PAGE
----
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Kalamkari: Where Artistry Meets Sustainability

What is Kalamkari?

Kalamkari is an Indian textile tradition known for its intricate hand-painted pictorial narratives and motifs. Originating in southern India, particularly in the present-day states of Andhra Pradesh and Telangana, this art form has captivated hearts for centuries (including ours!). 

Although it is unclear when exactly the art form emerged, the earliest extant examples of the craft date back to the fifteenth century. The word "Kalamkari," given to the art form while southern India was under the rule of the Persianate Qutb Shahi dynasty, is derived from two Persian words: "kalam," meaning pen, and "kari," meaning craftsmanship. True to its name, Kalamkari involves the meticulous use of pens, brushes, and blocks to create mesmerizing patterns on fabric. 

The Intricate (and Sustainable!) Process of Making Kalamkari

Practiced in two distinct styles known as Kalahasti and Machilipatnam, Kalamkari entails an elaborate process that consists of not one, not two, but a whopping twenty-three steps! Depending on the size and complexity of the piece, this labor-intensive process can take up to several months to complete. Yet, at least to us at TC, what makes this process so impressive is not merely its length, but also how sustainable it is!


Artisans begin by treating cotton fabric with a blend of cow dung and water to create an off-white canvas. To prepare the fabric for dyeing, it is then submerged in a solution called pindhi, which consists of buffalo milk infused with paste from the myrobalan flower. Then, using bamboo pens or hand-carved wooden blocks depending on the style of Kalamkari, artisans sketch or print intricate designs on the fabric. Once the fabric is dry, pigments made from natural substances such as jaggery, indigo, pomegranate peels, and madder roots are used to fill in the outlined designs. Finally, to ensure its longevity, the fabric undergoes a series of washing and finishing processes. 

This inherently eco-friendly process makes Kalamkari not only a feat of craftsmanship, but also a prime example of sustainability in the world of textile arts.

The Signs of Authenticity:

Unfortunately, the intricate and time-consuming process involved in traditional Kalamkari craftsmanship, coupled with economic challenges for artisans, has led to a decline in the availability of authentic, sustainably-produced Kalamkari pieces. In its place, mass-produced, machine-generated designs—often laden with harmful synthetic chemicals—are increasingly dominating the market, jeopardizing the rich cultural heritage of the art form and further crippling the livelihoods of its artisans.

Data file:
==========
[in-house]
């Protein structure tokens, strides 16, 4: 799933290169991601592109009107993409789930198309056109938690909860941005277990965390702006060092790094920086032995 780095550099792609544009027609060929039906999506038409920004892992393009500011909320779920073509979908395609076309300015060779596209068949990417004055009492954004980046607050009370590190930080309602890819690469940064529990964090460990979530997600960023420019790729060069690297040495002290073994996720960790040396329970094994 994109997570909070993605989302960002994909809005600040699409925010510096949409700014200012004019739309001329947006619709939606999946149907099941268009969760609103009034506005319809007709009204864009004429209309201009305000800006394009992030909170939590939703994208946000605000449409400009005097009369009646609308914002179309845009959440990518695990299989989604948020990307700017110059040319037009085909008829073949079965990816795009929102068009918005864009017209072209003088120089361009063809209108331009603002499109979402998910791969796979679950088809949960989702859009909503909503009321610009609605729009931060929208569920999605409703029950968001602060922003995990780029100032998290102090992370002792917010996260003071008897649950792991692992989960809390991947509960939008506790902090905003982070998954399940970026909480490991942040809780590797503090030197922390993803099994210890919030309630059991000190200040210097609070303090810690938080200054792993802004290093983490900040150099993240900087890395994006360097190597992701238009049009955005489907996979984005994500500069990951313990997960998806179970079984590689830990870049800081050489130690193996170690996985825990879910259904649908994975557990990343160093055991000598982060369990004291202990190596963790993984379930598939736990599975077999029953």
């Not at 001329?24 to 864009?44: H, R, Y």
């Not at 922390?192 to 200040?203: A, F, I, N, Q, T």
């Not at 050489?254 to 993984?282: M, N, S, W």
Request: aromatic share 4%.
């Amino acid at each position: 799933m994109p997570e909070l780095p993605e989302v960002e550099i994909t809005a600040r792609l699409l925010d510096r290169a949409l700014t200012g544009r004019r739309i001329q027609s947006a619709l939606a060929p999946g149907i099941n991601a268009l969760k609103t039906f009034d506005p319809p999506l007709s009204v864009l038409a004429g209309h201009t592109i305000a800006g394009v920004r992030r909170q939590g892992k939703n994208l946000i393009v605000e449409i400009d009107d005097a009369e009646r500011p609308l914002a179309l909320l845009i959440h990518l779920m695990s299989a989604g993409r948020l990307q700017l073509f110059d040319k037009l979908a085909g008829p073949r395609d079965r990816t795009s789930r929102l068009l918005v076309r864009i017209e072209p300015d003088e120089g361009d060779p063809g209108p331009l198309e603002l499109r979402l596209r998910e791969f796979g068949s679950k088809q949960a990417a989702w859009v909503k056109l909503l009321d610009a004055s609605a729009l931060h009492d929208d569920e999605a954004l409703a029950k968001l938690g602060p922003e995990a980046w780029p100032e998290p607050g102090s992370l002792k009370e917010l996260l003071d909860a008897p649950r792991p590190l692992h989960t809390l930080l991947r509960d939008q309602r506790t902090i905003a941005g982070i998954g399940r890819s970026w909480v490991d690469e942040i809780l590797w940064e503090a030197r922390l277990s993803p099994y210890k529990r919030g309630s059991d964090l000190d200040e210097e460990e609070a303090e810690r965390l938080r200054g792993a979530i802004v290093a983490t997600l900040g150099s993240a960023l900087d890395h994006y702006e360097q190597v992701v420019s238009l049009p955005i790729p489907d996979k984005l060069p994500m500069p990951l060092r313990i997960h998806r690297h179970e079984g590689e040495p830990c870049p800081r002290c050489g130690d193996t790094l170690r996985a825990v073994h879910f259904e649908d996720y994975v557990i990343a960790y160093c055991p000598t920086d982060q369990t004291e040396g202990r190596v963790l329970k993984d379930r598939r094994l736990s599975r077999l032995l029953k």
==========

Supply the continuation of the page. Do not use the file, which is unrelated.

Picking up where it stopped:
So how can you tell if what you’re buying is the real deal?

One of the hallmarks of authentic Kalamkari lies in its imperfections. Occasionally you might spot a crooked line, a misshapen motif, smudged paint, or a subtle stain—fear not! These are not flaws but rather signatures of genuine craftsmanship! In fact, we at TC believe that Kalamkari’s so-called “imperfections” are what make it beautiful and lend it a unique human touch. 

The second tell-tale sign of authentic Kalamkari is the delicate aroma of milk that lingers in the fabric. This distinctive smell is a reminder of the elaborate treatment the fabric underwent, from bleaching and softening to the meticulous application of natural dyes. 

Last of all, unlike synthetic imitations, authentic Kalamkari only uses natural dyes, which impart earthy tones, so make sure to steer clear of unnaturally vibrant colors! 


From Mythology to Modernity: The Journey of Kalamkari

Originally, Kalamkari emerged as a religious art form, depicting scenes and motifs from both Hindu and Islamic artistic traditions. The Kalahasti style of Kalamkari traditionally depicts characters from Hindu mythology and draws inspiration from scenes in the Mahabharata and Ramayana. Paintings in the Kalahasti style often adorned the walls of temples, serving as decorative backdrops for rituals and ceremonies. On the other hand, the Machilipatnam style of Kalamkari, influenced by the patronage of the Mughals and the Golconda Sultanate, features archetypal Persian and Mughal motifs including leaves, flowers, birds, and most commonly, the tree of life.

Kalahasti style of Kalamkari; Source:


Machilipatnam style of Kalamkari; Source: Map Academy 

However, over time, Kalamkari has transcended its religious origins and has evolved to reflect India’s diverse social and cultural landscape. While still drawing inspiration from mythological narratives, contemporary Kalamkari artisans seamlessly weave tradition with innovation to appeal to broader audiences. One such pioneering group of Kalamkari artisans is the Mashaallah Kalamkari Collection, which was founded in 2014 and operates out of Vijayawada, Andhra Pradesh. From cotton to luxurious silk and from exquisite sarees to versatile dress material, the MK Collection specializes in all things Kalamkari. Skillfully blending age-old techniques with contemporary aesthetics, the MK Collection works tirelessly to preserve the essence of Kalamkari while imbuing it with a fresh, modern charm.


Check out the Mashaallah Kalamkari Collection’s creations at our store


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